At Hugh's place I trained with other national level powerlifters including Marshall Peck (525 raw bench, 750 squat, 220 bodyweight) and Joe Ferry (700 squat and deadlift, 195 pounds.) There were often other high level lifters dropping by and Hugh would watch and comment, both in real time and between sets. We followed his routine and learned his techniques. It took 2 to 2.5 hours to get through the twice-weekly iron slaughter-fest. Afterwards we were so exhausted it was hard walking up the basement stairs.

We would sit on our cars post-workout and drink half-gallons of whole milk, just to help us get it together for the ride home. I routinely had to grab my right wrist with my left hand to steady it enough to insert the key into the ignition. We were expected to eat copious calories to survive: we would gather to train with Hugh twice a week for twelve straight weeks leading up to a competition. Everyone that could hang got bigger and stronger - way bigger and way stronger. Hugh was absolutely riveting when he spoke of his philosophy of lifting and strength; his conclusions were counterintuitive and profound. He'd beat the dog crap out of us while talking to us like a muscled-up William F. Buckley.

Smith was a first-rate scholar that took pride in being a bruiser: Bob was a judo man and at age 16 had been an infantry rifleman in the Marine Corps in the pacific during WWII. He became a CIA agent stationed in "Formosa" in the 60s. He was fluent in many languages and retired to Bethesda, Maryland, where he taught the Chinese internal martial arts to lucky locals. Like me. I would do tai chi every Saturday morning for an hour and again on Thursday we would meet: this time to drill the circular pa kua and explosive hsing I. We were expected to work on our own for an hour each day.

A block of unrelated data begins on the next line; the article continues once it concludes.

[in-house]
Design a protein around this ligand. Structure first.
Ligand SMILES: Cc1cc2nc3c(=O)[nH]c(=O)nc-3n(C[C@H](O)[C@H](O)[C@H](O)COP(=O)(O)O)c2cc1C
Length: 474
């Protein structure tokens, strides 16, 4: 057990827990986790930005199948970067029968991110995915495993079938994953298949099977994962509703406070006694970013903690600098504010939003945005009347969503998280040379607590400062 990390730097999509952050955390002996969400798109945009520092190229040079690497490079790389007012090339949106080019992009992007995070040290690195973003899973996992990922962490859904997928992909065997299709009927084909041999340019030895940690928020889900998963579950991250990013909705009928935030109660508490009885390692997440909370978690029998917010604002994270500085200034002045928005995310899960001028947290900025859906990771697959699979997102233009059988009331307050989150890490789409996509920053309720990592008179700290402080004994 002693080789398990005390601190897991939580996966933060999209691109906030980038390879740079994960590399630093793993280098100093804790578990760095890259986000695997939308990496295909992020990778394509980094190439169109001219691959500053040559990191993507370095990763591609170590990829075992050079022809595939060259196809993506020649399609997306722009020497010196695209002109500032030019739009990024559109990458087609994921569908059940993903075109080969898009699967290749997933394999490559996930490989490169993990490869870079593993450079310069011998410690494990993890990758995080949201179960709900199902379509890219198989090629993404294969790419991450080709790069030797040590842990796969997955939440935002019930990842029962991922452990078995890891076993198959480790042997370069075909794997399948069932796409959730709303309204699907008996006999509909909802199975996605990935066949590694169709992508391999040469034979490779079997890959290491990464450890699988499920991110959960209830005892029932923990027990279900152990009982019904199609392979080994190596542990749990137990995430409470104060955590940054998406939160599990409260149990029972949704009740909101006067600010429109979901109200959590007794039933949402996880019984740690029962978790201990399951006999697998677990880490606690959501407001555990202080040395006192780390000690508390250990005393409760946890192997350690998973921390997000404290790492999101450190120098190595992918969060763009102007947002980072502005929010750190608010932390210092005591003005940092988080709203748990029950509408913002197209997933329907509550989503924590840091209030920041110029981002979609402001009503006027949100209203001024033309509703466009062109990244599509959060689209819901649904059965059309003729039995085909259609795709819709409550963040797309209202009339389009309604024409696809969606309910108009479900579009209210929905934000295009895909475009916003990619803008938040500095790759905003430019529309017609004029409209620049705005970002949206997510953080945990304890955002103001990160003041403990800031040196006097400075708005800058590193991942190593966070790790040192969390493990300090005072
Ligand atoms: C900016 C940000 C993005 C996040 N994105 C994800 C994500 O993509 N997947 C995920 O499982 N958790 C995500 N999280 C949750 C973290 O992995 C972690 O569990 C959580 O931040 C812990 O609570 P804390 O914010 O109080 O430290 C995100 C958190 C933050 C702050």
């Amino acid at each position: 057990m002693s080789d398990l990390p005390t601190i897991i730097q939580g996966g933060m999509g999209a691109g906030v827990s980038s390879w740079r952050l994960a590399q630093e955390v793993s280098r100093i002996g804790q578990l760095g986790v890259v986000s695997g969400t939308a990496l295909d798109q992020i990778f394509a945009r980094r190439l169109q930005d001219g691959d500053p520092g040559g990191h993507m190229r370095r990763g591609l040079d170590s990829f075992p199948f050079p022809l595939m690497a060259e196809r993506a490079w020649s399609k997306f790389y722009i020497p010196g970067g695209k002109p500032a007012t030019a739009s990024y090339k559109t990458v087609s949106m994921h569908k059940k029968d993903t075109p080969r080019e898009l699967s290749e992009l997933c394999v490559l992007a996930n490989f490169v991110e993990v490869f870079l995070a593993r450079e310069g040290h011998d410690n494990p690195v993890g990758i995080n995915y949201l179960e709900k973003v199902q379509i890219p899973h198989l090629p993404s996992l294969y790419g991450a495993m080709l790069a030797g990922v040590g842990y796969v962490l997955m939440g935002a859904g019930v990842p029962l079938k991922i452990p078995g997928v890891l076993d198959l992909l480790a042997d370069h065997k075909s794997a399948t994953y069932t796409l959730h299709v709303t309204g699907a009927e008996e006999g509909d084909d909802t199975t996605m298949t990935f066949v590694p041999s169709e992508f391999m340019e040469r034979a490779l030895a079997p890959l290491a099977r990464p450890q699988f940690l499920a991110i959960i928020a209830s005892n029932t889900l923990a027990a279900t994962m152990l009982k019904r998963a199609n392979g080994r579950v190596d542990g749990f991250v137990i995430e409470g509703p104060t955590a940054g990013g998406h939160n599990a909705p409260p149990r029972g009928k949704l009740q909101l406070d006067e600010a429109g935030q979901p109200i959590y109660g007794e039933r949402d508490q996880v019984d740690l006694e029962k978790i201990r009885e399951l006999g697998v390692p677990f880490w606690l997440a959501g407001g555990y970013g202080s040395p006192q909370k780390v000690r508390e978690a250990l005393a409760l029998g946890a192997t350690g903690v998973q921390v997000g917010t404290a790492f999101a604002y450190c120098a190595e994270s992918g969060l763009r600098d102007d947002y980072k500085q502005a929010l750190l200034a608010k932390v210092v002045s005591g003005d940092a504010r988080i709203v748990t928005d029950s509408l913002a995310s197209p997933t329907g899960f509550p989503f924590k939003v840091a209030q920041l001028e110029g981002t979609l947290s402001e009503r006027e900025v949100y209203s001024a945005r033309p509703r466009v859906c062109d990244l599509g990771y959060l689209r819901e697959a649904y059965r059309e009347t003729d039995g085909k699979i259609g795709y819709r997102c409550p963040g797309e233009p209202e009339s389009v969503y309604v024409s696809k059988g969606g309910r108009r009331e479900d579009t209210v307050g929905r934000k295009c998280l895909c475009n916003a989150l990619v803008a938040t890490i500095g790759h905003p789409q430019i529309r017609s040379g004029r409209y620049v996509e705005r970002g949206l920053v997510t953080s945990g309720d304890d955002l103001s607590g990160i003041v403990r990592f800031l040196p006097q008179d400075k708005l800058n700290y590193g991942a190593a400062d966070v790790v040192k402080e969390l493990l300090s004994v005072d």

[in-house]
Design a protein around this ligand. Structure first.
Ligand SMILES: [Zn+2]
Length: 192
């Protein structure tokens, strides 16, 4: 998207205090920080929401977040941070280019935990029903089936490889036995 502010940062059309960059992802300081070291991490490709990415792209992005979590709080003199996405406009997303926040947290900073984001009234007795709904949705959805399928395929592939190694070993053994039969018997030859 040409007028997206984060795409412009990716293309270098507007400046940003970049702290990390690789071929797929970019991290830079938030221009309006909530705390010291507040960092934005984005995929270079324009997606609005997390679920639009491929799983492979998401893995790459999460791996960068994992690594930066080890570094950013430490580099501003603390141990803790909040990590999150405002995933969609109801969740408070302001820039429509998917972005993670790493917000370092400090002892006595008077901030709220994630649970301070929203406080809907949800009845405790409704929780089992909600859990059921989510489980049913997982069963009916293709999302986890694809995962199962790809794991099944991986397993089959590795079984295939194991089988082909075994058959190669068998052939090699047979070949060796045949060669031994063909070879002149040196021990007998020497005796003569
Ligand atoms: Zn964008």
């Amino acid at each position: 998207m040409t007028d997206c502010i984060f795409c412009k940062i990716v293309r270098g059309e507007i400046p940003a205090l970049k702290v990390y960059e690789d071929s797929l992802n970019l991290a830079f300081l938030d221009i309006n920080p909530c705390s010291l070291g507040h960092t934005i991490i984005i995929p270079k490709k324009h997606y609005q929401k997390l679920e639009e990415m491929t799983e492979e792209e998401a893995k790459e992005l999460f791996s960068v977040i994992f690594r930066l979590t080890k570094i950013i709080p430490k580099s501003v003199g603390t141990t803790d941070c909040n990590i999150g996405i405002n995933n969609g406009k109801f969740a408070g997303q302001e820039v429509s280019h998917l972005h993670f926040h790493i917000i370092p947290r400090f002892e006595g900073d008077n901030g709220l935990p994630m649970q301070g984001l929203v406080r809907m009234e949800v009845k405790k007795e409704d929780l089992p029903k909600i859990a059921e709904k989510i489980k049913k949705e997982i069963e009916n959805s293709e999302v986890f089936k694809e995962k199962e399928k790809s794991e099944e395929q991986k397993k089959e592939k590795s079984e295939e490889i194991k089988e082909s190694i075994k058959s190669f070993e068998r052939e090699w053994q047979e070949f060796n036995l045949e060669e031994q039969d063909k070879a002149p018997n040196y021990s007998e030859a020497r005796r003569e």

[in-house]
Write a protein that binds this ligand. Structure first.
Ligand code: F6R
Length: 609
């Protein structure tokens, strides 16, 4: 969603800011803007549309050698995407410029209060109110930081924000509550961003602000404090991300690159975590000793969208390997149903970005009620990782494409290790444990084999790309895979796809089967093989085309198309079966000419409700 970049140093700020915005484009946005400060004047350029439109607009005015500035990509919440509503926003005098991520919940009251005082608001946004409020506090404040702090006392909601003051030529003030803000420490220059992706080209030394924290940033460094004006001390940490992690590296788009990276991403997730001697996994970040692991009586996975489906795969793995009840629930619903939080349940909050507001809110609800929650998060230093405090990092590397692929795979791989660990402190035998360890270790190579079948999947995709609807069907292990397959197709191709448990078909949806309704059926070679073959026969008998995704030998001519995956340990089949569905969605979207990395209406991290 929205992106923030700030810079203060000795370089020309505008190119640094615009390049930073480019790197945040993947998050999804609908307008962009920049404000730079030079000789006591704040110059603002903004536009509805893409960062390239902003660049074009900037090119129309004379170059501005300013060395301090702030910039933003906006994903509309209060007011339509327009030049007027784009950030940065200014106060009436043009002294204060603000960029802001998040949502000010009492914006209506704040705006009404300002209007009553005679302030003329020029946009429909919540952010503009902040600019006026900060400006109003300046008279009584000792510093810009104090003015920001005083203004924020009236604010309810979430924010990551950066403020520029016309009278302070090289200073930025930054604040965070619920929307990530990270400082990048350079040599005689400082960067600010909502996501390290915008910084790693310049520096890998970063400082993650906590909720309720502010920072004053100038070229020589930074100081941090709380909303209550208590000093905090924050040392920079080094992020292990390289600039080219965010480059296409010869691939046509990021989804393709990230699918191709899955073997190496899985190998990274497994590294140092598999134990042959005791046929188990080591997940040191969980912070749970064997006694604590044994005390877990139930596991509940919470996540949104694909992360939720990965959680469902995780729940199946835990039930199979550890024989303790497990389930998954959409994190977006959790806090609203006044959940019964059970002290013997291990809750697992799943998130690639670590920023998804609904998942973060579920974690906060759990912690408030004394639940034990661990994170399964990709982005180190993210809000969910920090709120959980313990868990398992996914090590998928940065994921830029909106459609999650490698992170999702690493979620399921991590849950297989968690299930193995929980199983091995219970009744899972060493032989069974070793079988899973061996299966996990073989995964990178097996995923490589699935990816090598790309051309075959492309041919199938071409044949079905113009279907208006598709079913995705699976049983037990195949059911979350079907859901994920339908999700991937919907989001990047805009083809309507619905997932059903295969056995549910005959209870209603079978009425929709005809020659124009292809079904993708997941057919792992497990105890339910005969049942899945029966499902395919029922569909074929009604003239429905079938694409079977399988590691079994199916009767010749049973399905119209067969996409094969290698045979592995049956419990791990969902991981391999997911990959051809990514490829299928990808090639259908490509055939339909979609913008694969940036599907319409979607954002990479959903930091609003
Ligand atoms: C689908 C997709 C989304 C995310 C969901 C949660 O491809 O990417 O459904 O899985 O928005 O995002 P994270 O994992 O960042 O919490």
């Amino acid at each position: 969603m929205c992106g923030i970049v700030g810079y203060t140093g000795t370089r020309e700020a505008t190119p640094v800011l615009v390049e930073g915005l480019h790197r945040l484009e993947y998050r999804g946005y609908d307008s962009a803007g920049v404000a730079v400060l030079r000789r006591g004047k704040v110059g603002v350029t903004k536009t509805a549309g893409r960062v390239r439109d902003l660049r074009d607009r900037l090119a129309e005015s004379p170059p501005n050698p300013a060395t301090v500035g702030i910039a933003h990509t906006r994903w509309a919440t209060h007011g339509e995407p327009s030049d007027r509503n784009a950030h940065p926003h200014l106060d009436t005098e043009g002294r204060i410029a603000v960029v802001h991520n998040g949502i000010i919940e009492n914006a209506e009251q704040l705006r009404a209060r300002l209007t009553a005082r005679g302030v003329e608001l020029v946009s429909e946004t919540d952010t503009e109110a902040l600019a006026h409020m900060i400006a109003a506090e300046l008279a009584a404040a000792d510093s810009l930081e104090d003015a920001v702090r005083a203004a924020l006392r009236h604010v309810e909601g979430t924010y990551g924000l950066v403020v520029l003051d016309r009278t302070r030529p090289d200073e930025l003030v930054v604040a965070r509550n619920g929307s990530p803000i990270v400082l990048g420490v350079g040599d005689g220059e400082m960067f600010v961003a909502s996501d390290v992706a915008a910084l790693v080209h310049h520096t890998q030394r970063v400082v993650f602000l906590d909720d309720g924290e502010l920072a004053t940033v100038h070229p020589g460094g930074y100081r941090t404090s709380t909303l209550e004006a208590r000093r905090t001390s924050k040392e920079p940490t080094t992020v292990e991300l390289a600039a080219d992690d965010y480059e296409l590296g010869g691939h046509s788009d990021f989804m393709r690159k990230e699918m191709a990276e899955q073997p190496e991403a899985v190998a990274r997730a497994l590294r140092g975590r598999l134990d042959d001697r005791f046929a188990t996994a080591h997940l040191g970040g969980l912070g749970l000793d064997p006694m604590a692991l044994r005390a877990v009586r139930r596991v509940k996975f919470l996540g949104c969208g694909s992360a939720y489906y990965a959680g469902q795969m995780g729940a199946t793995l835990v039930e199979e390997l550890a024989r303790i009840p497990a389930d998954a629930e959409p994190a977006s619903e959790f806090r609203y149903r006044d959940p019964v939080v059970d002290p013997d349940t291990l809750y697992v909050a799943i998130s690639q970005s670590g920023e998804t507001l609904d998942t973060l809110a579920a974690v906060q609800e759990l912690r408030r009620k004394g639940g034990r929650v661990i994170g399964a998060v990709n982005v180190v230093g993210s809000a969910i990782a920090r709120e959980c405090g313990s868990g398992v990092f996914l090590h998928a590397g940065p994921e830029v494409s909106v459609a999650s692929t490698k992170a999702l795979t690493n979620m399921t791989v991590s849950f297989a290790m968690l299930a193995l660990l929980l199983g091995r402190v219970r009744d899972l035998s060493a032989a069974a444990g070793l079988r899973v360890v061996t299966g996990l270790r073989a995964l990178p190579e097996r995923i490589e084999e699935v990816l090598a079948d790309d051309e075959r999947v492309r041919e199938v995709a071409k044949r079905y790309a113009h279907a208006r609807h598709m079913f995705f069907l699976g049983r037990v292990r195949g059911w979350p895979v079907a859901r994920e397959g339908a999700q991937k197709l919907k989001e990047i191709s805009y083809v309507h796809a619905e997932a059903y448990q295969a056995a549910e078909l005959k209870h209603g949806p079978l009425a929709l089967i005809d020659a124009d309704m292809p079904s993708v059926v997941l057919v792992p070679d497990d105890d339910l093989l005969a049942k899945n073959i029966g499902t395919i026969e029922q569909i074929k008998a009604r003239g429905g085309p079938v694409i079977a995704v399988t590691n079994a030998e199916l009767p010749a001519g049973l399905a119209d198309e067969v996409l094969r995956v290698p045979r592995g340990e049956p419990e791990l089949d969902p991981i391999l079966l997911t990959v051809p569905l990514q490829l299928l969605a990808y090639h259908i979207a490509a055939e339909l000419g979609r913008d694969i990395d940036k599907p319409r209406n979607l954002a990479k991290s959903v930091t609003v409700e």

Smith would check out what we'd been working on; if he were satisfied, he'd show us something new. In addition to the 36-posture tai chi short form, we ‘walked the circle' for pa kua and he would introduce us to ‘palm changes' that were quite complex and intricate. The hsing I fists were linked and the power drive off the rear foot was when I finally grocked Smith's rooted concept.

These men shaped me. Twice a week Hugh beat me down in his Vulcan forge basement gym; we reconfigured our bodies exemplifying Nietzsche's most famous axiom: "That which does not kill me makes me stronger" (and more muscular.) Smith showed us how to glide and flow, yet also stay rooted and centered. Eventually I developed an amalgamation of ideas that form the core of my teachings to this day. I have taken aspects of each man's approach looking to create the optimal hybrid. Both men taught me that honing technique was a lifetime battle that never ended. There is always room for technical improvement and therefore a pathway to progress always exists.

Cassidy two-day a week power split

Saturday
Squat: work up to a top set, then two more squat sets, lighter weight, higher reps
Bench press: work up to a top set, then two more sets, lighter weight, higher reps
Deadlift: work up to a top set, then two more sets, lighter weight, higher reps
Biceps and triceps: three to five sets, super-setted
Auxiliary exercise: one "wild card" exercise, 2-3 sets

Tuesday
Saturday - repeat same workout; increase poundage or squeeze out more reps

About the Author
As an athlete Marty Gallagher is a national and world champion in Olympic lifting and powerlifting. He was a world champion team coach in 1991 and coached Black's Gym to five national team titles. He's also coached some of the strongest men on the planet including Kirk Karwoski when he completed his world record 1,003 lb. squat. Today he teaches the US Secret Service and Tier 1 Spec Ops on how to maximize their strength in minimal time. As a writer since 1978 he’s written for Powerlifting USA, Milo, Flex Magazine, Muscle & Fitness, Prime Fitness, Washington Post, Dragon Door and now IRON COMPANY. He’s also the author of numerous books including Purposeful Primitive, Strong Medicine, Ed Coan’s book “Coan, The Man, the Myth, the Method" and numerous others. Read the Marty Gallagher biography here.